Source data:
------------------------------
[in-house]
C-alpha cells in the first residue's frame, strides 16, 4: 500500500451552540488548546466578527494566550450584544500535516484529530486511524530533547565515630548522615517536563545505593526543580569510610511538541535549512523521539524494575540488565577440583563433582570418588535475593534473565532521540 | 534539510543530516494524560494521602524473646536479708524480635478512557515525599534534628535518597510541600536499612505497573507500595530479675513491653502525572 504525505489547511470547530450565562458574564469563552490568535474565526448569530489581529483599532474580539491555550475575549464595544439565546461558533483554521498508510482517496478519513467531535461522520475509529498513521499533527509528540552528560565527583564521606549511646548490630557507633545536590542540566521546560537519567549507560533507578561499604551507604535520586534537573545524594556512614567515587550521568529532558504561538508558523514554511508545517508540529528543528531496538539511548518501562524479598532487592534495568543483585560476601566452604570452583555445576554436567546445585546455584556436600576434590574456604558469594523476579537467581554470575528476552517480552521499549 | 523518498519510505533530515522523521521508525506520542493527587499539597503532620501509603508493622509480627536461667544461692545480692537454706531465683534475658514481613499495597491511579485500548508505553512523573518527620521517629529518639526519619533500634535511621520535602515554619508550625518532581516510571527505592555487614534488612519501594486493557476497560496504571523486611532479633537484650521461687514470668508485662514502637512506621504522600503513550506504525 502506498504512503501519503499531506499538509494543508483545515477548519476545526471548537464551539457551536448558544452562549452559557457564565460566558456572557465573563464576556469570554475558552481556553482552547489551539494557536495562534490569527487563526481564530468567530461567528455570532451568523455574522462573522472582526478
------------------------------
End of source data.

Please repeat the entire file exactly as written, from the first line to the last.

[in-house]
C-alpha cells in the first residue's frame, strides 16, 4: 500500500451552540488548546466578527494566550450584544500535516484529530486511524530533547565515630548522615517536563545505593526543580569510610511538541535549512523521539524494575540488565577440583563433582570418588535475593534473565532521540 | 534539510543530516494524560494521602524473646536479708524480635478512557515525599534534628535518597510541600536499612505497573507500595530479675513491653502525572 504525505489547511470547530450565562458574564469563552490568535474565526448569530489581529483599532474580539491555550475575549464595544439565546461558533483554521498508510482517496478519513467531535461522520475509529498513521499533527509528540552528560565527583564521606549511646548490630557507633545536590542540566521546560537519567549507560533507578561499604551507604535520586534537573545524594556512614567515587550521568529532558504561538508558523514554511508545517508540529528543528531496538539511548518501562524479598532487592534495568543483585560476601566452604570452583555445576554436567546445585546455584556436600576434590574456604558469594523476579537467581554470575528476552517480552521499549 | 523518498519510505533530515522523521521508525506520542493527587499539597503532620501509603508493622509480627536461667544461692545480692537454706531465683534475658514481613499495597491511579485500548508505553512523573518527620521517629529518639526519619533500634535511621520535602515554619508550625518532581516510571527505592555487614534488612519501594486493557476497560496504571523486611532479633537484650521461687514470668508485662514502637512506621504522600503513550506504525 502506498504512503501519503499531506499538509494543508483545515477548519476545526471548537464551539457551536448558544452562549452559557457564565460566558456572557465573563464576556469570554475558552481556553482552547489551539494557536495562534490569527487563526481564530468567530461567528455570532451568523455574522462573522472582526478